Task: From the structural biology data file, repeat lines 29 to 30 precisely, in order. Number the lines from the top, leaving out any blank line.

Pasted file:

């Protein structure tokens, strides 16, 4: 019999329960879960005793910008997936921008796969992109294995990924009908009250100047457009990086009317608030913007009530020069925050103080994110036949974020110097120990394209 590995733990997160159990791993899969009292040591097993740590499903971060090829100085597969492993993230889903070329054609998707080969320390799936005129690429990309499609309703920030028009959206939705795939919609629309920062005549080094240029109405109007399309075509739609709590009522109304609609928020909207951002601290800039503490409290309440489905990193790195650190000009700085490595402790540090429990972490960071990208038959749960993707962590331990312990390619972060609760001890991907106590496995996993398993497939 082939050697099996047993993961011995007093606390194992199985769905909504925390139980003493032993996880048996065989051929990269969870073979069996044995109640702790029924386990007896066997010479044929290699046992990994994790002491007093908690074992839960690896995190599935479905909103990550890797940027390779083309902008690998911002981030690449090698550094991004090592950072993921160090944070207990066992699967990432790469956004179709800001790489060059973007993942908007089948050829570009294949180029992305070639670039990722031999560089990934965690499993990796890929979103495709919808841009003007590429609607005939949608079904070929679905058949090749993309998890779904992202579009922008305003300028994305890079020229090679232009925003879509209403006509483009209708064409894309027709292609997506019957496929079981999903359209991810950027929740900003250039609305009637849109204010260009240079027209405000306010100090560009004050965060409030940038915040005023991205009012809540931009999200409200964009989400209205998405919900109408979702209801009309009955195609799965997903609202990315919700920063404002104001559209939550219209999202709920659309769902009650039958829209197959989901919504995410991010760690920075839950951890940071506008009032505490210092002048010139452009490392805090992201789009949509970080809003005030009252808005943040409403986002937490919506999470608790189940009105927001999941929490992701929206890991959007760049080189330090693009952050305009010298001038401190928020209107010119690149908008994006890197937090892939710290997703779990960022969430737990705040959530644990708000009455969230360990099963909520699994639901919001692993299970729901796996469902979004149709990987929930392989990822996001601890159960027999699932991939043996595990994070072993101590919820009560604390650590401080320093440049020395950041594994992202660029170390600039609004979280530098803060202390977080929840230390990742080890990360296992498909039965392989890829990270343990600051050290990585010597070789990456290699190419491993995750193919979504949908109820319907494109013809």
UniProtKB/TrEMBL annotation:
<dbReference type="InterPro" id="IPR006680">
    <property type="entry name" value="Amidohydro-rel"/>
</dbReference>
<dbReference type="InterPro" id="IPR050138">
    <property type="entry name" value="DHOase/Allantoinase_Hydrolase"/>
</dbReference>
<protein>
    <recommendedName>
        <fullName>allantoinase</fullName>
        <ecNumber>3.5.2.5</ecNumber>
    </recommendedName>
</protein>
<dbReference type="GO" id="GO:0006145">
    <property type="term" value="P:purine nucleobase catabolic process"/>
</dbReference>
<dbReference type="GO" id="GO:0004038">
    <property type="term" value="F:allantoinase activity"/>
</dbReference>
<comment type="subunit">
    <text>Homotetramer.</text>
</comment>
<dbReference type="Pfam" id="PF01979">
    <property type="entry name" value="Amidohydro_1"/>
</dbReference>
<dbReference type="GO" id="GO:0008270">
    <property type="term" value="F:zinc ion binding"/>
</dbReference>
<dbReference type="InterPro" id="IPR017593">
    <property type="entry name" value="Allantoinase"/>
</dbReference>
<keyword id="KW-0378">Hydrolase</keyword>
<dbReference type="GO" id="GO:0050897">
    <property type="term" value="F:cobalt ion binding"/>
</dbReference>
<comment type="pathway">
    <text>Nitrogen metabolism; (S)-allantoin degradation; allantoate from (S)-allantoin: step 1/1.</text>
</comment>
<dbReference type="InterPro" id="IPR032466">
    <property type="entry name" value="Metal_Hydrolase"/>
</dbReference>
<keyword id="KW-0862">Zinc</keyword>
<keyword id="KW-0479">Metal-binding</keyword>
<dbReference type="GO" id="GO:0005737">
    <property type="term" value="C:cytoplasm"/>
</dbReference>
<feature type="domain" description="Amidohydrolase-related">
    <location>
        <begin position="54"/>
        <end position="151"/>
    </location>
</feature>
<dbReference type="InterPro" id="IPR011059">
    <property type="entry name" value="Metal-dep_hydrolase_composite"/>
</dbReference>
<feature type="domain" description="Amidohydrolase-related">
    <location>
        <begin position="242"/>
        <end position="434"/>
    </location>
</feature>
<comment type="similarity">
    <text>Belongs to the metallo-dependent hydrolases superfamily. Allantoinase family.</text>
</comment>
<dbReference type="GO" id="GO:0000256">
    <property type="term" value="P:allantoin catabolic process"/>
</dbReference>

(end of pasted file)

</dbReference>
<dbReference type="InterPro" id="IPR017593">